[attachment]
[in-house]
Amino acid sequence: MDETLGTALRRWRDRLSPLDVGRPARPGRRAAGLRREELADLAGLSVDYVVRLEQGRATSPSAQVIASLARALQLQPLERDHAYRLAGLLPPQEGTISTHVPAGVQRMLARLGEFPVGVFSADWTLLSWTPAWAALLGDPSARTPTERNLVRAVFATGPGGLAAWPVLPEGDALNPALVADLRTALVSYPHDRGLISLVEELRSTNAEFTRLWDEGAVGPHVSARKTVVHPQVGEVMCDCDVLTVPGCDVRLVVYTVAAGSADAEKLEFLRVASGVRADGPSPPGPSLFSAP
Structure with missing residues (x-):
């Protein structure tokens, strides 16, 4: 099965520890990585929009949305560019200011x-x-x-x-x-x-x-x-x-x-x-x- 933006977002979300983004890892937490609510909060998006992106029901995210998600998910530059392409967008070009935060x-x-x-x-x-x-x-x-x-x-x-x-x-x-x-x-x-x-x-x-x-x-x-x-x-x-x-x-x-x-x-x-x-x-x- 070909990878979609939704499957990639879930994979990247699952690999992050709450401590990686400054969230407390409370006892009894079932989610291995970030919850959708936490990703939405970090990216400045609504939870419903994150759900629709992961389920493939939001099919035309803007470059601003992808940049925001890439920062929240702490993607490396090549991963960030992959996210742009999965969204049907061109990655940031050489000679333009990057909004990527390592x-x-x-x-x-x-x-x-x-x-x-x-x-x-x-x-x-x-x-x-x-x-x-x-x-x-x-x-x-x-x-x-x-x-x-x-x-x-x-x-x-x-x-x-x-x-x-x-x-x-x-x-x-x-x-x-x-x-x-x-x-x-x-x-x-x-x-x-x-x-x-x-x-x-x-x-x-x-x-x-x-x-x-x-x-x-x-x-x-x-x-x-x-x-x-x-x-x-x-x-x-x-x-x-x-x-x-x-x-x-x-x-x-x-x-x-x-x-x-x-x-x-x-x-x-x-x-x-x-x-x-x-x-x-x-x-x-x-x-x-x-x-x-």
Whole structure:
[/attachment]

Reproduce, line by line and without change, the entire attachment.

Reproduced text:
[in-house]
Amino acid sequence: MDETLGTALRRWRDRLSPLDVGRPARPGRRAAGLRREELADLAGLSVDYVVRLEQGRATSPSAQVIASLARALQLQPLERDHAYRLAGLLPPQEGTISTHVPAGVQRMLARLGEFPVGVFSADWTLLSWTPAWAALLGDPSARTPTERNLVRAVFATGPGGLAAWPVLPEGDALNPALVADLRTALVSYPHDRGLISLVEELRSTNAEFTRLWDEGAVGPHVSARKTVVHPQVGEVMCDCDVLTVPGCDVRLVVYTVAAGSADAEKLEFLRVASGVRADGPSPPGPSLFSAP
Structure with missing residues (x-):
């Protein structure tokens, strides 16, 4: 099965520890990585929009949305560019200011x-x-x-x-x-x-x-x-x-x-x-x- 933006977002979300983004890892937490609510909060998006992106029901995210998600998910530059392409967008070009935060x-x-x-x-x-x-x-x-x-x-x-x-x-x-x-x-x-x-x-x-x-x-x-x-x-x-x-x-x-x-x-x-x-x-x- 070909990878979609939704499957990639879930994979990247699952690999992050709450401590990686400054969230407390409370006892009894079932989610291995970030919850959708936490990703939405970090990216400045609504939870419903994150759900629709992961389920493939939001099919035309803007470059601003992808940049925001890439920062929240702490993607490396090549991963960030992959996210742009999965969204049907061109990655940031050489000679333009990057909004990527390592x-x-x-x-x-x-x-x-x-x-x-x-x-x-x-x-x-x-x-x-x-x-x-x-x-x-x-x-x-x-x-x-x-x-x-x-x-x-x-x-x-x-x-x-x-x-x-x-x-x-x-x-x-x-x-x-x-x-x-x-x-x-x-x-x-x-x-x-x-x-x-x-x-x-x-x-x-x-x-x-x-x-x-x-x-x-x-x-x-x-x-x-x-x-x-x-x-x-x-x-x-x-x-x-x-x-x-x-x-x-x-x-x-x-x-x-x-x-x-x-x-x-x-x-x-x-x-x-x-x-x-x-x-x-x-x-x-x-x-x-x-x-x-």
Whole structure: